Posted on November 4, 2016 by Soren Dreier
Author: Bec Crew
If you only see one astronomical event this year, make it the November supermoon, when the Moon will be the closest to Earth it’s been since January 1948.
During the event, which will happen on the eve of November 14, the Moon will appear up to 14 percent bigger and 30 percent brighter than an average full moon. This is the closest the Moon will get to Earth until 25 November 2034, so you really don’t want to miss this one.
So how do you get a supermoon?
As NASA explains, because the Moon has an elliptical orbit, one side — called the perigee — is about 48,280 km (30,000 miles) closer to Earth than the other side (the apogee).
When the Sun, the Moon, and Earth line up as the Moon orbits Earth, that’s known as syzygy (definitely something you want to keep in your back pocket for your next Scrabble match).
When this Earth-Moon-Sun system occurs with the perigee side of the Moon facing us, and the Moon happens to be on the opposite side of Earth from the Sun, we get what’s called a perigee-syzygy.
That causes the Moon to appear much bigger and brighter in our sky than usual, and it’s referred to as a supermoon — or more technically, a perigee moon.
Supermoons aren’t all that uncommon — we just had one on October 16, and after the November 14 super-supermoon, we’ll have another one on December 14.
But because the November 14 Moon becomes full within about 2 hours of perigee, it’s going to look the biggest it has in nearly seven decades.
“The full moon of November 14 is not only the closest full moon of 2016, but also the closest full moon to date in the 21st century,” says NASA. “The full moon won’t come this close to Earth again until 25 November 2034.”
Depending on where you’re viewing it from, the difference between a supermoon and a regular full moon can be stark, or difficult to tell. If the Moon is hanging high overhead, and you have no buildings or landmarks to compare it to, it can be tricky to tell that it’s larger than usual.
But if you’re viewing from a spot where the Moon is sitting closer to the horizon, it can create what’s known as “moon illusion.”
“When the moon is near the horizon, it can look unnaturally large when viewed through trees, buildings, or other foreground objects,” says NASA. “The effect is an optical illusion, but that fact doesn’t take away from the experience.”
Thanks to: http://sorendreier.com
Published on Nov 3, 2016
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Record Supermoon and 9 More November Sky Events
Posted on November 3, 2016 by Soren Dreier
Author: Andrew Fazekas
Get ready to see lunar pairings, meteor showers, and more this month.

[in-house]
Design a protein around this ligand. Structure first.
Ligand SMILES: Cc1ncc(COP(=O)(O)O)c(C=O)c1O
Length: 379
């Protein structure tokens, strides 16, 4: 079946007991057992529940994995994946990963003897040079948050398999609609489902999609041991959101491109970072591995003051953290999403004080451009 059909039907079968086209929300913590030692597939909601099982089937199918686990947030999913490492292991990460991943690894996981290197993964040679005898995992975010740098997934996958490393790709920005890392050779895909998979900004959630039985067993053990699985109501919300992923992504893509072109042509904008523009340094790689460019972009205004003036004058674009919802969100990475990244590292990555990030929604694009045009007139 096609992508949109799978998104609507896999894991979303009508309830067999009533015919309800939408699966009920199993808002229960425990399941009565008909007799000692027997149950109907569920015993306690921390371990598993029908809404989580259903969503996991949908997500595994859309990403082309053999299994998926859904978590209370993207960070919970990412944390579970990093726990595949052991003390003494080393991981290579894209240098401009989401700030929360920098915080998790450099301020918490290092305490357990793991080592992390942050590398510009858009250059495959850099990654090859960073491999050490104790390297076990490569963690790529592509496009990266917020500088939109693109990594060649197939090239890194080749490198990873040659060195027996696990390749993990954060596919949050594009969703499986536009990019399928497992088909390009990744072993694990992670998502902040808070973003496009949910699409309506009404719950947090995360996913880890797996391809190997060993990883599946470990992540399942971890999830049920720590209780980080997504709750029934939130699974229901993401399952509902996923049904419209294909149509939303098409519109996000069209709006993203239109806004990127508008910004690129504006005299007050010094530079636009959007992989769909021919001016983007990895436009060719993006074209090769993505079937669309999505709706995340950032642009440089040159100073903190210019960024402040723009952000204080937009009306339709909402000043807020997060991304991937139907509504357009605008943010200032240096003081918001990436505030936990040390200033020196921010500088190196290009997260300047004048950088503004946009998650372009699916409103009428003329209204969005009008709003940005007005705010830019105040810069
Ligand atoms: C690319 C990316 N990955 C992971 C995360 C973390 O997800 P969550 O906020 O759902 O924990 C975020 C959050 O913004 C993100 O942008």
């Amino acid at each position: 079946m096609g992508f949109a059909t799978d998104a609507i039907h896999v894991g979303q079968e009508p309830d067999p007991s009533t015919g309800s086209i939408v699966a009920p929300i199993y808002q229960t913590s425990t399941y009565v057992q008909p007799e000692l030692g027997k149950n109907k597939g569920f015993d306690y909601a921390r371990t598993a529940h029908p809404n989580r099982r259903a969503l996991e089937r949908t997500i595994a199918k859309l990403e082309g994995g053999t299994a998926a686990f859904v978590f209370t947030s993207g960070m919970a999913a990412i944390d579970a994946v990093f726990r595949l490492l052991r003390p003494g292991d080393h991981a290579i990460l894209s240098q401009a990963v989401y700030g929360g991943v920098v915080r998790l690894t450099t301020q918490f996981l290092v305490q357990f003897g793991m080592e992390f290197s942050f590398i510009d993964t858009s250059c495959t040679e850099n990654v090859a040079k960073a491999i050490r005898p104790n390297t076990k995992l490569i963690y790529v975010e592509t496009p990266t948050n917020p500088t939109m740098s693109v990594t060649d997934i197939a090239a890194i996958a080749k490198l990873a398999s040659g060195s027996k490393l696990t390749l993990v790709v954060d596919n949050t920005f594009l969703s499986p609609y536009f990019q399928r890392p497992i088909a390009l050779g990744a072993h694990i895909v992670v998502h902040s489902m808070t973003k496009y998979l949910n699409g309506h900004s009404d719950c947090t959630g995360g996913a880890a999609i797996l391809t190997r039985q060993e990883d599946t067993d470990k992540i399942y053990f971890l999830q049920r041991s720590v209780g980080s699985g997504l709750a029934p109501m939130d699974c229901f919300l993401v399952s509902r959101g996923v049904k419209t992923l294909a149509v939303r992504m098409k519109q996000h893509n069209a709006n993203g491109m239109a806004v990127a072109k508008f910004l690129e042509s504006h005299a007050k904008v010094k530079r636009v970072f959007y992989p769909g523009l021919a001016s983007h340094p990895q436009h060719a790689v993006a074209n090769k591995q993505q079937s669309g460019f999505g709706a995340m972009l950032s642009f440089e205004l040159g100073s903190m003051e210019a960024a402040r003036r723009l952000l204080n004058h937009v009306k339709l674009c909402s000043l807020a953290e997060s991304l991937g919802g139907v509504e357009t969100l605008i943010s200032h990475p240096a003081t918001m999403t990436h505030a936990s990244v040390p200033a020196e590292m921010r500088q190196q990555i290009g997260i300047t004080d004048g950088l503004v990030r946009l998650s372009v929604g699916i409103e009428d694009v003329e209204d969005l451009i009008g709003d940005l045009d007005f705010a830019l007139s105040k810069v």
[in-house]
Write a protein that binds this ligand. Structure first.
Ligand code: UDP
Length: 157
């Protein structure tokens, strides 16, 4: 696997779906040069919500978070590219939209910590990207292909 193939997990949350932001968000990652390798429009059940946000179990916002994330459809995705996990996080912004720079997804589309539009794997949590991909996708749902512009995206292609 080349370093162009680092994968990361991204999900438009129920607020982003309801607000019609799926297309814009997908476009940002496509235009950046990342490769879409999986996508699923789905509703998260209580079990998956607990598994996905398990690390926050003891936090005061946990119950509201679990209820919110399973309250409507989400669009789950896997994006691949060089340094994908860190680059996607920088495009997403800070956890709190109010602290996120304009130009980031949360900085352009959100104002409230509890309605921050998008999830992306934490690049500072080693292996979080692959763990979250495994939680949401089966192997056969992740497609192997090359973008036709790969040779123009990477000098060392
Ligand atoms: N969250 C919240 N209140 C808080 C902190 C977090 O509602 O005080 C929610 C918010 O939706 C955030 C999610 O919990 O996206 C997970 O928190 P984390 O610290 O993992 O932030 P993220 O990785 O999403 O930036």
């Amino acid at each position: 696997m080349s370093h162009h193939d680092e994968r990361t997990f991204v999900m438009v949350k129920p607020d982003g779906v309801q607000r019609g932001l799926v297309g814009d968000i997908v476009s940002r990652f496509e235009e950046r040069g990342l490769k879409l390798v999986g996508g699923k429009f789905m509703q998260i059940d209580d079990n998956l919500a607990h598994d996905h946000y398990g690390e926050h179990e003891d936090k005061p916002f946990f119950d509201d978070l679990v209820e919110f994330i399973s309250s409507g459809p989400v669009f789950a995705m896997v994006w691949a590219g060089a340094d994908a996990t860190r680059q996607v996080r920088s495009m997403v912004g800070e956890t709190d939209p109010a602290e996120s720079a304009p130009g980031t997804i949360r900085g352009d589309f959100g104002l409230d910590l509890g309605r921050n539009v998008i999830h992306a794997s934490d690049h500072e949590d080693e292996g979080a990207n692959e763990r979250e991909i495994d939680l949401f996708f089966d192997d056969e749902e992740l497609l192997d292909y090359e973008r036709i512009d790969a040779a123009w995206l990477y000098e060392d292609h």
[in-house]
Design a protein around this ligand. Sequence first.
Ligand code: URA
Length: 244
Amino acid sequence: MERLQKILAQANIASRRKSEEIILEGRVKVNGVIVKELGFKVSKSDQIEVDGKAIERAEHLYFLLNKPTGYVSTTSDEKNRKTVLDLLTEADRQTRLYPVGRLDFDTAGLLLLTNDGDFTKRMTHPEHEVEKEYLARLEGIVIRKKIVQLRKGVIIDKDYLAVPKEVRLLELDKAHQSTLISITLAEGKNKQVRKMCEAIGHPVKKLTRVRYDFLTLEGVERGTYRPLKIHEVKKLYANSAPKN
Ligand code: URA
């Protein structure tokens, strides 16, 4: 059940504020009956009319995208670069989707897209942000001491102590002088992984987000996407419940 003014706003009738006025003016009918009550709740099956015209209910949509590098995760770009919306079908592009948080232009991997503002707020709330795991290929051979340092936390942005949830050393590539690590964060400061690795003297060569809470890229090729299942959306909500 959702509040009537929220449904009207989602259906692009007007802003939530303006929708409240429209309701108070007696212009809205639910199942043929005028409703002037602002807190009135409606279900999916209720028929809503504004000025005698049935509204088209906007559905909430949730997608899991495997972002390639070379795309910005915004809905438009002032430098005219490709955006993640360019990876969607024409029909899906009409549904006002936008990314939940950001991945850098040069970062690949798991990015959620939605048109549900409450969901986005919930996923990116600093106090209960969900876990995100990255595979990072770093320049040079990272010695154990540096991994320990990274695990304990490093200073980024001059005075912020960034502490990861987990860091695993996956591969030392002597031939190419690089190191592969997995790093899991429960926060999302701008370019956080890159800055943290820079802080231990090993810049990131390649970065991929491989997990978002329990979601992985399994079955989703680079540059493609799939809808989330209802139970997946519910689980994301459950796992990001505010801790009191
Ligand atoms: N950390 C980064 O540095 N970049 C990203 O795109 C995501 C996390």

The coming month brings the roaring lion of meteor displays, dazzling planets, and plenty more reasons to look up at the night sky. You’ll even have the chance to catch the most impressive supermoon in nearly seven decades.
So dust off those binoculars and mark your November calendar!
Moon and Saturn—November 2
About an hour after local sunset, catch the razor-thin crescent moon hanging over Saturn. The cosmic pair will appear less than three degrees apart, or less than the width of your three middle fingers held at arm’s length. Adding to the sky spectacle, superbright Venus will join the pair to the left.
Moon and Mars—November 5
After sunset this day and the next, look for the crescent moon to park itself next to the red planet. Earth’s lone natural satellite will start off to the right of Mars, and it will rise above the planet the following day.
Taurid Meteor Shower—November 11
Late night and the following morning, the Taurid meteor shower will peak. The individual meteors appear to radiate from the shower’s namesake constellation, Taurus, the bull, which will be riding high in the south during the overnight hours for mid-northern latitude regions. Sky-watchers away from city lights may see as many as 10 to 15 shooting stars an hour, peaking at around 5 a.m. local time on November 11.
Super-Duper Moon—November 14
The second in a triad of supermoons—when the full moon makes a close approach to Earth—will rise in the east after sunset. While the last three months of 2016 each boast a supermoon, this month’s full moon will be the largest and closest to Earth since 1948, making it a truly beautiful sight to behold. Stay tuned for a full viewer’s guide, and get ready to submit your best supermoon pictures to National Geographic Your Shot.
Late night on November 15 and 16, look for the moon to be stationed near the eye of the constellation Taurus, the bull. That eye is really the red giant star Aldebaran, which sits 67 light-years from Earth. Meanwhile, lucky sky-watchers in the Middle East and across central Asia to Japan will be in the best positions to see the moon occult, or eclipse, Aldebaran during the night of the 15th.
Leonid Meteor Shower—November 16
Look up late at night and into the early morning hours of the 17th for a flurry of shooting stars during the peak of the annual Leonid meteor shower. With the waning gibbous moon ducking under the local horizon after local midnight, the best views will be in the early morning hours of the 16th, with as many as 10 to 20 shooting stars an hour visible from the dark countryside. Individual meteors will appear to originate from the shower’s namesake constellation, Leo, which rises in the east in the predawn hours this time of the year.
Thanks to: http://sorendreier.com